Key messages this month include: Continue to monitor for pest and diseases. Husk spot, If your orchard has a history of husk spot and/or has susceptible cultivars you will need to be ready to apply fungicide as nutlets reach match-head size Macadamia seed weevil (MSW), The female seed weevils lays its eggs between the husk and developing nut. Spotting bug, Early in the season look for damage on nutlets as they reach pea size. Nutritional demand. If you are unsure of how trees are progressing nutritionally, spring is a good time to sample leaves after flowering and before they flush. Organic matter should be on the orchard floor and orchard prunings moved back under trees as soon as possible Water demand. Water requirements will marked increase in October and remain high until March. Mechanical, Keep sprayer and spray tractor maintenance as breakdowns during this period can be costly.

Novel technologies and practices for the optimisation of pollination within protected cropping environments (ST19000)

2021 | Hort Innovation | Research report/Update

Using a multifaceted approach, this program will focus on the productivity and quality of pollination in protected cropping environments. The aim is to understand the current impediments to adequate pollination, then improve these systems through the use of advanced technology.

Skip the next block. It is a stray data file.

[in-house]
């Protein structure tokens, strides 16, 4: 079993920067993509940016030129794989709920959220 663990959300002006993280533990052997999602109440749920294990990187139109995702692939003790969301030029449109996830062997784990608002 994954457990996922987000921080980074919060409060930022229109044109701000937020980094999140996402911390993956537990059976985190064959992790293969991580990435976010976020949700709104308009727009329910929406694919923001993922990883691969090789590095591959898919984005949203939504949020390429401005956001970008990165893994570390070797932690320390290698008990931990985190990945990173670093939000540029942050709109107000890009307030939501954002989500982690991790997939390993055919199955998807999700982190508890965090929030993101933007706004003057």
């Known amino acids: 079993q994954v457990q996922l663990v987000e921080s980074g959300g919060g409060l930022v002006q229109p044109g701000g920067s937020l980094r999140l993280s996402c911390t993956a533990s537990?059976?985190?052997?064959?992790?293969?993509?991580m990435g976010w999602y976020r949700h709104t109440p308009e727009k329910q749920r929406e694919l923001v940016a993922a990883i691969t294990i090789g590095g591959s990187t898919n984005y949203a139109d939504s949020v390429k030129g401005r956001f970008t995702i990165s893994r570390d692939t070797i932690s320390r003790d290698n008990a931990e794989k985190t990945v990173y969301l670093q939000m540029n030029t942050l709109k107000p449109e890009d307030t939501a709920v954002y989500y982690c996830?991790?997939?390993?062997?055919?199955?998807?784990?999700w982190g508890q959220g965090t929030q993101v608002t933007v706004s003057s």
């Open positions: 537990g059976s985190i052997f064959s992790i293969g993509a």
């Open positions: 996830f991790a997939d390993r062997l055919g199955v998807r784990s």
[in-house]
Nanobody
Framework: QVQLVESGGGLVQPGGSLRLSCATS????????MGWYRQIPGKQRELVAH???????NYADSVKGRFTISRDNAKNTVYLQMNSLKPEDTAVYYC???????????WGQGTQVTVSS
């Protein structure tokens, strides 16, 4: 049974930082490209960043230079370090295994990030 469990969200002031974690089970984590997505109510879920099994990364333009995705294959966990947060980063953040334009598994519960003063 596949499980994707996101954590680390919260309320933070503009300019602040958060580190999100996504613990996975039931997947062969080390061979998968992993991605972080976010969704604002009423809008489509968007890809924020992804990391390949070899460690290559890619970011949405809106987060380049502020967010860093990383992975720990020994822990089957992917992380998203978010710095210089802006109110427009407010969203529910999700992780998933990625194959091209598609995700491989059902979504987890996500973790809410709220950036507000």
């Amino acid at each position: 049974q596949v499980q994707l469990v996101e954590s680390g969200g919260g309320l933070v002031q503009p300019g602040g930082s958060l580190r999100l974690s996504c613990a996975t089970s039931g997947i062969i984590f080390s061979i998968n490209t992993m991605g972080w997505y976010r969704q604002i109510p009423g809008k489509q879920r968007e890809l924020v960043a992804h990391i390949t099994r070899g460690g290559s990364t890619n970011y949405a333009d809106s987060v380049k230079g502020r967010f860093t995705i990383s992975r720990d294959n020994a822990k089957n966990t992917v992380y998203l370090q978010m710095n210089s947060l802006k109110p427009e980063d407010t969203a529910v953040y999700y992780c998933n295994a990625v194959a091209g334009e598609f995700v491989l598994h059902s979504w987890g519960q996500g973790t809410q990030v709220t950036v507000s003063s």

MacAlert - September 2021

2021 | Australian Macadamia Society | Manual/guide

Key messages this month include: • Continue to monitor at least twice per week for pest and diseases that affect flowers. • Lace bug, flower caterpillar and flower diseases such as Botrytis and Cladosporium are more prevalent in some regions. Monitor weather conditions and known hotspots within the orchard. • Discuss control options with your pest consultant or grower liaison officer to select strategies and application timings that will have minimal impact on beneficials such as bees. • Communicate with your beekeeper on stocking rates and hive positions to develop a plan that provides flexibility for you both, and crucially, keeps bees safe. • Tree water demand is increasing with the warmer weather • Discuss tree nutritional demand and spring soil and leaf sampling with your consultant • After mulching remaining nuts to reduce the risk of rats and kernel grubs, consider reduced mowing strategies to allow grass and other inter-row species to flower.

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This website has been partly funded by Hort Innovation, using the macadamia research and development levy and contributions from the Australian Government.